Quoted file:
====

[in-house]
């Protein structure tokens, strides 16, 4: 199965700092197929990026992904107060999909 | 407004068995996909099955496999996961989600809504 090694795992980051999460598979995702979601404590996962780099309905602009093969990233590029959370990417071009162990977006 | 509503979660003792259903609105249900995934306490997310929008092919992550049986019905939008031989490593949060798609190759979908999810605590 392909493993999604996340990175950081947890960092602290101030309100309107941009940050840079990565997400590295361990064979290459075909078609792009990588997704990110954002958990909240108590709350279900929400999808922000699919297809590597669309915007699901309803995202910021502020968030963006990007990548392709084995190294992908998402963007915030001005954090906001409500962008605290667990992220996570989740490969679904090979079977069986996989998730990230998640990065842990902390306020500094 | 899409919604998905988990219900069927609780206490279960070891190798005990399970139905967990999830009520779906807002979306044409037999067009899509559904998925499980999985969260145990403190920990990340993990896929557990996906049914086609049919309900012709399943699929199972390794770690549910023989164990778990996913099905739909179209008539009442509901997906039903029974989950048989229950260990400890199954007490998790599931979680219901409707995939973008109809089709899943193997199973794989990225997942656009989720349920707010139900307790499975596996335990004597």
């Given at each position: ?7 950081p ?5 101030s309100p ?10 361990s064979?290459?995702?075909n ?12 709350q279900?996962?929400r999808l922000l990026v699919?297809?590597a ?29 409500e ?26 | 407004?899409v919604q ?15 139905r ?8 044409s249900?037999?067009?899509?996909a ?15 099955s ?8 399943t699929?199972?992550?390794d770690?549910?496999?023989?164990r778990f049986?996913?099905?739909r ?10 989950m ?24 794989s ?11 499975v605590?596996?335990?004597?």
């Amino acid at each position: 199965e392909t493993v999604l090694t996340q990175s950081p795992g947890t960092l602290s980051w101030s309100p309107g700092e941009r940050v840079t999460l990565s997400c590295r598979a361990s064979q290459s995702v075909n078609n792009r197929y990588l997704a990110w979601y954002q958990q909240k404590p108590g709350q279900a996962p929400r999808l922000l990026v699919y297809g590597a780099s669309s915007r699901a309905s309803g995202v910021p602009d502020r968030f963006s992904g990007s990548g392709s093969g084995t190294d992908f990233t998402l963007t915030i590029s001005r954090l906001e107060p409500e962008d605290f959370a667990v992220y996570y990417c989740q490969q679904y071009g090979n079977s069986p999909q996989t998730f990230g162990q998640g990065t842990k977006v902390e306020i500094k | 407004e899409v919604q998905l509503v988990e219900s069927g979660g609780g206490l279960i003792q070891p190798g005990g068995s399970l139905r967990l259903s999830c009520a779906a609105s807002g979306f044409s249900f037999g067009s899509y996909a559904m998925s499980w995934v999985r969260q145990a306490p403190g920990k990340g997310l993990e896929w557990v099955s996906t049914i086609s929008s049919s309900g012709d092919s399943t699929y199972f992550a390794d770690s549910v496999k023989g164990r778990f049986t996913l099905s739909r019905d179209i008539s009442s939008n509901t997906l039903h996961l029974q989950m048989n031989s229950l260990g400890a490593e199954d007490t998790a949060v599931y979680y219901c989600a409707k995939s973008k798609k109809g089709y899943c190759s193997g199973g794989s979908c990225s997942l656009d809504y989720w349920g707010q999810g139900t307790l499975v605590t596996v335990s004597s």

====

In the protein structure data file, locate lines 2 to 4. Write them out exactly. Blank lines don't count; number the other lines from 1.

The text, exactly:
């Protein structure tokens, strides 16, 4: 199965700092197929990026992904107060999909 | 407004068995996909099955496999996961989600809504 090694795992980051999460598979995702979601404590996962780099309905602009093969990233590029959370990417071009162990977006 | 509503979660003792259903609105249900995934306490997310929008092919992550049986019905939008031989490593949060798609190759979908999810605590 392909493993999604996340990175950081947890960092602290101030309100309107941009940050840079990565997400590295361990064979290459075909078609792009990588997704990110954002958990909240108590709350279900929400999808922000699919297809590597669309915007699901309803995202910021502020968030963006990007990548392709084995190294992908998402963007915030001005954090906001409500962008605290667990992220996570989740490969679904090979079977069986996989998730990230998640990065842990902390306020500094 | 899409919604998905988990219900069927609780206490279960070891190798005990399970139905967990999830009520779906807002979306044409037999067009899509559904998925499980999985969260145990403190920990990340993990896929557990996906049914086609049919309900012709399943699929199972390794770690549910023989164990778990996913099905739909179209008539009442509901997906039903029974989950048989229950260990400890199954007490998790599931979680219901409707995939973008109809089709899943193997199973794989990225997942656009989720349920707010139900307790499975596996335990004597």
């Given at each position: ?7 950081p ?5 101030s309100p ?10 361990s064979?290459?995702?075909n ?12 709350q279900?996962?929400r999808l922000l990026v699919?297809?590597a ?29 409500e ?26 | 407004?899409v919604q ?15 139905r ?8 044409s249900?037999?067009?899509?996909a ?15 099955s ?8 399943t699929?199972?992550?390794d770690?549910?496999?023989?164990r778990f049986?996913?099905?739909r ?10 989950m ?24 794989s ?11 499975v605590?596996?335990?004597?």
């Amino acid at each position: 199965e392909t493993v999604l090694t996340q990175s950081p795992g947890t960092l602290s980051w101030s309100p309107g700092e941009r940050v840079t999460l990565s997400c590295r598979a361990s064979q290459s995702v075909n078609n792009r197929y990588l997704a990110w979601y954002q958990q909240k404590p108590g709350q279900a996962p929400r999808l922000l990026v699919y297809g590597a780099s669309s915007r699901a309905s309803g995202v910021p602009d502020r968030f963006s992904g990007s990548g392709s093969g084995t190294d992908f990233t998402l963007t915030i590029s001005r954090l906001e107060p409500e962008d605290f959370a667990v992220y996570y990417c989740q490969q679904y071009g090979n079977s069986p999909q996989t998730f990230g162990q998640g990065t842990k977006v902390e306020i500094k | 407004e899409v919604q998905l509503v988990e219900s069927g979660g609780g206490l279960i003792q070891p190798g005990g068995s399970l139905r967990l259903s999830c009520a779906a609105s807002g979306f044409s249900f037999g067009s899509y996909a559904m998925s499980w995934v999985r969260q145990a306490p403190g920990k990340g997310l993990e896929w557990v099955s996906t049914i086609s929008s049919s309900g012709d092919s399943t699929y199972f992550a390794d770690s549910v496999k023989g164990r778990f049986t996913l099905s739909r019905d179209i008539s009442s939008n509901t997906l039903h996961l029974q989950m048989n031989s229950l260990g400890a490593e199954d007490t998790a949060v599931y979680y219901c989600a409707k995939s973008k798609k109809g089709y899943c190759s193997g199973g794989s979908c990225s997942l656009d809504y989720w349920g707010q999810g139900t307790l499975v605590t596996v335990s004597s």